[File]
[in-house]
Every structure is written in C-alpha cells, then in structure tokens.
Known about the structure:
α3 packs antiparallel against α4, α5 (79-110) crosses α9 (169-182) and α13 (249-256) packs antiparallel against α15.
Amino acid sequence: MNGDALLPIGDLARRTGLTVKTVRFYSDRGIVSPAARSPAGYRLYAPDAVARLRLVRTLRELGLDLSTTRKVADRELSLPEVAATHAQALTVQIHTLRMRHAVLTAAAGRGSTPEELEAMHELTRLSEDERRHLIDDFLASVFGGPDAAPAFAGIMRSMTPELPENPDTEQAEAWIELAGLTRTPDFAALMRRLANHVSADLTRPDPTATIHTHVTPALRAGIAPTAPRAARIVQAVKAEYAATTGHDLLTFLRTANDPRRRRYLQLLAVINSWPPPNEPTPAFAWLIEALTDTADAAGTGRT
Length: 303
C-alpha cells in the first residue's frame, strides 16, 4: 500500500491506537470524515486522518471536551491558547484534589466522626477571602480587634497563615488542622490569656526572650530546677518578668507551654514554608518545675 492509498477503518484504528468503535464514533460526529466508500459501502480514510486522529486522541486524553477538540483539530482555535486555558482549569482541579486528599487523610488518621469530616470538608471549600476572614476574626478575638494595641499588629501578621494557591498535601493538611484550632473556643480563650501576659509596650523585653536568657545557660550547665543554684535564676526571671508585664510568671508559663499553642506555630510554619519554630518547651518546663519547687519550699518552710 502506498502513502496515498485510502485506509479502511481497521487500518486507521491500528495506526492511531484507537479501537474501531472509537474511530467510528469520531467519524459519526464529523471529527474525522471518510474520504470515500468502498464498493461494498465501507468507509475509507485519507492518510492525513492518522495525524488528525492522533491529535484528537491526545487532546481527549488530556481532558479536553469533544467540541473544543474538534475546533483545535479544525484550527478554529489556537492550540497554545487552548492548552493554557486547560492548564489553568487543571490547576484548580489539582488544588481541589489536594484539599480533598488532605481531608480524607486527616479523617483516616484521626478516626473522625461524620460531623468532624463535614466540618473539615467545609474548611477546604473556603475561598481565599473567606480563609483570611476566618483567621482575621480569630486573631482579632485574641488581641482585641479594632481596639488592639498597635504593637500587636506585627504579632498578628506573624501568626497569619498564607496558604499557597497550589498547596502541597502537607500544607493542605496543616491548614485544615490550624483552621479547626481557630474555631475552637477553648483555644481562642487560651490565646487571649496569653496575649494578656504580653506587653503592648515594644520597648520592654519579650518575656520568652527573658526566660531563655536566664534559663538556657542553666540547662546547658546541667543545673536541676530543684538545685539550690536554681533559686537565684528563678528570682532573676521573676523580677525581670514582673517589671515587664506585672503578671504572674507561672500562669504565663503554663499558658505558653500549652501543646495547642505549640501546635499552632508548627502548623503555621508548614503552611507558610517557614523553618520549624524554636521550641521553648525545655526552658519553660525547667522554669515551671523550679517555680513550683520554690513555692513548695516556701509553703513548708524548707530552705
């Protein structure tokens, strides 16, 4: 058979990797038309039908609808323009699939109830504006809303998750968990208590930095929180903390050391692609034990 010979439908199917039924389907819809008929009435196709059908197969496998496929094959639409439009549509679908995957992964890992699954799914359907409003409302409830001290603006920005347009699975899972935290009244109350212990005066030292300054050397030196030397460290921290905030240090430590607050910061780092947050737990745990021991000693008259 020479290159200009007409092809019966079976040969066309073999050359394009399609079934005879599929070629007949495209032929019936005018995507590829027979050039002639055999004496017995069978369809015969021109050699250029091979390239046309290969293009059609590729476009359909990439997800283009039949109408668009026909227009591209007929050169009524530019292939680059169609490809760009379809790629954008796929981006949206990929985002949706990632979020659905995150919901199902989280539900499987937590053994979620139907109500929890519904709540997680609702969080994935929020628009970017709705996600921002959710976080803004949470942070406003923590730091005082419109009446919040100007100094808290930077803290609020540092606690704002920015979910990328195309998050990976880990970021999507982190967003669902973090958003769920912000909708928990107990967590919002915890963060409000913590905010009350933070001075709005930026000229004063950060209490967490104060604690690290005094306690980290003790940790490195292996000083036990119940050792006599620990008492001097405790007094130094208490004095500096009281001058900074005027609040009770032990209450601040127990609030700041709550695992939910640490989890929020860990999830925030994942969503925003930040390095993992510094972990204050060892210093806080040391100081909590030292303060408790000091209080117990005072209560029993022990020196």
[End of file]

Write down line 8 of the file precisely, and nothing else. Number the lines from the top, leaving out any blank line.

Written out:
């Protein structure tokens, strides 16, 4: 058979990797038309039908609808323009699939109830504006809303998750968990208590930095929180903390050391692609034990 010979439908199917039924389907819809008929009435196709059908197969496998496929094959639409439009549509679908995957992964890992699954799914359907409003409302409830001290603006920005347009699975899972935290009244109350212990005066030292300054050397030196030397460290921290905030240090430590607050910061780092947050737990745990021991000693008259 020479290159200009007409092809019966079976040969066309073999050359394009399609079934005879599929070629007949495209032929019936005018995507590829027979050039002639055999004496017995069978369809015969021109050699250029091979390239046309290969293009059609590729476009359909990439997800283009039949109408668009026909227009591209007929050169009524530019292939680059169609490809760009379809790629954008796929981006949206990929985002949706990632979020659905995150919901199902989280539900499987937590053994979620139907109500929890519904709540997680609702969080994935929020628009970017709705996600921002959710976080803004949470942070406003923590730091005082419109009446919040100007100094808290930077803290609020540092606690704002920015979910990328195309998050990976880990970021999507982190967003669902973090958003769920912000909708928990107990967590919002915890963060409000913590905010009350933070001075709005930026000229004063950060209490967490104060604690690290005094306690980290003790940790490195292996000083036990119940050792006599620990008492001097405790007094130094208490004095500096009281001058900074005027609040009770032990209450601040127990609030700041709550695992939910640490989890929020860990999830925030994942969503925003930040390095993992510094972990204050060892210093806080040391100081909590030292303060408790000091209080117990005072209560029993022990020196």